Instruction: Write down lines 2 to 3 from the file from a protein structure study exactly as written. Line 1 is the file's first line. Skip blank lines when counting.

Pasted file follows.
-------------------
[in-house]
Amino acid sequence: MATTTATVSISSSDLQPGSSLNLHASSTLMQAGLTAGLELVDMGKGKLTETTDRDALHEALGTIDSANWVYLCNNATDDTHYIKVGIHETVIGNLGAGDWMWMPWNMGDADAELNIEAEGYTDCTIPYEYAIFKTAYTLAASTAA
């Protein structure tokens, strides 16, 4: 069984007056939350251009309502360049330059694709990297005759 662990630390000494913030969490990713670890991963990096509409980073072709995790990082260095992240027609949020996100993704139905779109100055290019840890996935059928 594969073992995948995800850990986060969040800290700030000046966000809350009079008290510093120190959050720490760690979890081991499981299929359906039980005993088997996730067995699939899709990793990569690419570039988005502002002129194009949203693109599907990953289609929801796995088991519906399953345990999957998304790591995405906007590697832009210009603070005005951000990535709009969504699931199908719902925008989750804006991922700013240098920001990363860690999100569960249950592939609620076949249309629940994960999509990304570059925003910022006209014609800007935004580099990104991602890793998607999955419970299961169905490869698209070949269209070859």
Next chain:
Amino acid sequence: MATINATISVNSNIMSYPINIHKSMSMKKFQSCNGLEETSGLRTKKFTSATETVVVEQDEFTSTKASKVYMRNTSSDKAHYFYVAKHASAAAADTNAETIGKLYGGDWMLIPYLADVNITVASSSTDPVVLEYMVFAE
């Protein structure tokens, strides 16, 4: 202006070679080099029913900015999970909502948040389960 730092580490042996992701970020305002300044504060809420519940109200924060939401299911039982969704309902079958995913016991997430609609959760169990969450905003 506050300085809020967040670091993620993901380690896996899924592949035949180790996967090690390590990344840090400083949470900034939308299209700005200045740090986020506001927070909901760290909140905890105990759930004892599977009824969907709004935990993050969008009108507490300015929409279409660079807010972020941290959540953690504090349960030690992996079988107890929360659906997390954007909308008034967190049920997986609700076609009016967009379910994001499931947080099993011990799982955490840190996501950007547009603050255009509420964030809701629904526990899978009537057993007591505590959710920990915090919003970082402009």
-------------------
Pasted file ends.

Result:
Amino acid sequence: MATTTATVSISSSDLQPGSSLNLHASSTLMQAGLTAGLELVDMGKGKLTETTDRDALHEALGTIDSANWVYLCNNATDDTHYIKVGIHETVIGNLGAGDWMWMPWNMGDADAELNIEAEGYTDCTIPYEYAIFKTAYTLAASTAA
């Protein structure tokens, strides 16, 4: 069984007056939350251009309502360049330059694709990297005759 662990630390000494913030969490990713670890991963990096509409980073072709995790990082260095992240027609949020996100993704139905779109100055290019840890996935059928 594969073992995948995800850990986060969040800290700030000046966000809350009079008290510093120190959050720490760690979890081991499981299929359906039980005993088997996730067995699939899709990793990569690419570039988005502002002129194009949203693109599907990953289609929801796995088991519906399953345990999957998304790591995405906007590697832009210009603070005005951000990535709009969504699931199908719902925008989750804006991922700013240098920001990363860690999100569960249950592939609620076949249309629940994960999509990304570059925003910022006209014609800007935004580099990104991602890793998607999955419970299961169905490869698209070949269209070859």